Malak Karsh

Malak Karsh, OC MPA. (March 1, 1915 – November 8, 2001) was a Canadian photographer of Armenian heritage best known for his photographs of Canada and the Ottawa region.

Malak Karsh, OC
Born(1915-03-01)March 1, 1915
DiedNovember 8, 2001(2001-11-08) (aged 86)
Known forPhotography
Notable work
Picture of the floating logs on the Ottawa River
AwardsOrder of Canada

Born in Mardin, Ottoman Empire, a few months before the Armenian genocide, he emigrated to Canada in 1937 and began a career in photography with the help of his brother Yousuf Karsh and his uncle George Nakash, both accomplished photographers. Malak Karsh was one of Canada's most renowned photographers. He had many photographic exhibitions including exhibitions at the National Arts Centre, the Museums of Nature and History, the Ottawa Congress Centre, in Holland and other countries. His awards included the Order of Canada, the Keys to the City of Ottawa, the Whitton Award, the Professional Photographers of Canada's award as a Master of the Photographs Arts, the CAPIC Lifetime Achievement Award, Photographer of the Year, and the National Film Board of Canada's Gold Medal.

In 1952 Malak's fascination with Canada's Capital and the tulips that graced the city following Queen Juliana's gift of 100,000 tulip bulbs inspired Malak's to conceive of an annual tulip festival in Ottawa and working with the Ottawa Board of Trade the Canadian Tulip Festival was established in 1952. According to Ottawa mayor Bob Chiarelli, "He helped put Ottawa on the map. Probably the biggest and best brand for Ottawa was his tulips."[1] Malak was the honorary president of the festival at the time of his death.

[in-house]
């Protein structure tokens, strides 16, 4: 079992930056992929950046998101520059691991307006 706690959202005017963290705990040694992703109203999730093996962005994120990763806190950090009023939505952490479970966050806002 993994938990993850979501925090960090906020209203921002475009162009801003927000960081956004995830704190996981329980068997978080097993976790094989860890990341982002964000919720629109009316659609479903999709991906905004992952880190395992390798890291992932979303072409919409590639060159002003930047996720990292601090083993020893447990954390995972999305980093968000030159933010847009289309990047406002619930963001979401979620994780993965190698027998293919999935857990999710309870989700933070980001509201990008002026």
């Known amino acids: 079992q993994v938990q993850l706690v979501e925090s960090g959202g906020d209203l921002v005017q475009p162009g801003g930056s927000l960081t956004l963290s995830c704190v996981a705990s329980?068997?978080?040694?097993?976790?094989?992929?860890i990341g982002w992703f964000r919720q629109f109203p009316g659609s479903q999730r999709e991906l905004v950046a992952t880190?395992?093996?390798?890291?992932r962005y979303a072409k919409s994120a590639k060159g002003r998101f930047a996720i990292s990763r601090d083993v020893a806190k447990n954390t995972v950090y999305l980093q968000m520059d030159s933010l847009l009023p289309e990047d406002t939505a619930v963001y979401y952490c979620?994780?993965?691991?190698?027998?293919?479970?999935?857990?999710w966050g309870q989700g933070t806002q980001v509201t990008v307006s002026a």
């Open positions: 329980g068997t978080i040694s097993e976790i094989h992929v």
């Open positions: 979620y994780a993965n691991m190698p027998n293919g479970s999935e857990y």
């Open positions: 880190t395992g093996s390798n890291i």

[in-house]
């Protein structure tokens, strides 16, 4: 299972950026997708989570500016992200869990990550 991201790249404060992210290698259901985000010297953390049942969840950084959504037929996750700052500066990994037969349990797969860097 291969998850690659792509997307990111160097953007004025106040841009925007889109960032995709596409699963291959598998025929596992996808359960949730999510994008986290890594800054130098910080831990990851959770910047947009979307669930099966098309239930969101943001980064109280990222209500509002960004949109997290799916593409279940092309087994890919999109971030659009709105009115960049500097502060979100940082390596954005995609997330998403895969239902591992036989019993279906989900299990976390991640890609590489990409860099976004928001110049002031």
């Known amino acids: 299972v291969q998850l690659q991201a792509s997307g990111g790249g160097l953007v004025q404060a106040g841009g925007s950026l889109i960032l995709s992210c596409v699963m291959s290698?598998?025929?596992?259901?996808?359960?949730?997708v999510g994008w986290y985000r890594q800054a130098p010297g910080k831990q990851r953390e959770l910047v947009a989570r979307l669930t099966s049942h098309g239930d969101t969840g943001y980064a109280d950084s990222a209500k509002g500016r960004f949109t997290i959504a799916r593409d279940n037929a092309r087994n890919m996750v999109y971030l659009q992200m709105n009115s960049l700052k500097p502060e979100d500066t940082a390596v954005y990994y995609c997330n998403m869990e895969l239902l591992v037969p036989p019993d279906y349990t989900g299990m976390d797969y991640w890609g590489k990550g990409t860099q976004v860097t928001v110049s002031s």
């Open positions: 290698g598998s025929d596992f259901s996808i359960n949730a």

In 1963, he took a picture of the floating logs on the Ottawa River, called Paper and Politics, which was put on the back of the 1969-1979 Scenes of Canada series Canadian $1 bill.

In 1996, he was made an Officer of the Order of Canada. In 2005, the city of Ottawa established the Karsh Award, honouring Ottawa photo-based artists, in honour of Malak and Yousuf Karsh.[2]

Library and Archives Canada have approximately 400,000 photographic images acquired in 1985 and 2015 from Malak's vast library of transparencies, negatives and prints. The images, captured between 1940 and 2001, include many colour photographs of Parliament Hill and the tulip festival, along with landscapes of Canada from sea to sea to sea. Other images feature Canadians at work in agriculture, forestry, industry and the arts.

Gravestone of Malak Karsh at Maclaren Cemetery in Wakefield

Malak Karsh died on November 8, 2001 at the age of 86. He is buried in Maclaren Cemetery in Wakefield, Quebec.

Further reading

  • Malak. Canada: the land that shapes us. Toronto, Key Porter Books.


  1. Caroline Murray, "Mourning a Rare Talent: Malak Karsh's exquisite photos chronicled a city and a nation," Ottawa Sun, 9 November 2001, p. 4.
  2. "The Picture of Excellence," The Ottawa Citizen, 14 February 2005, p. B4.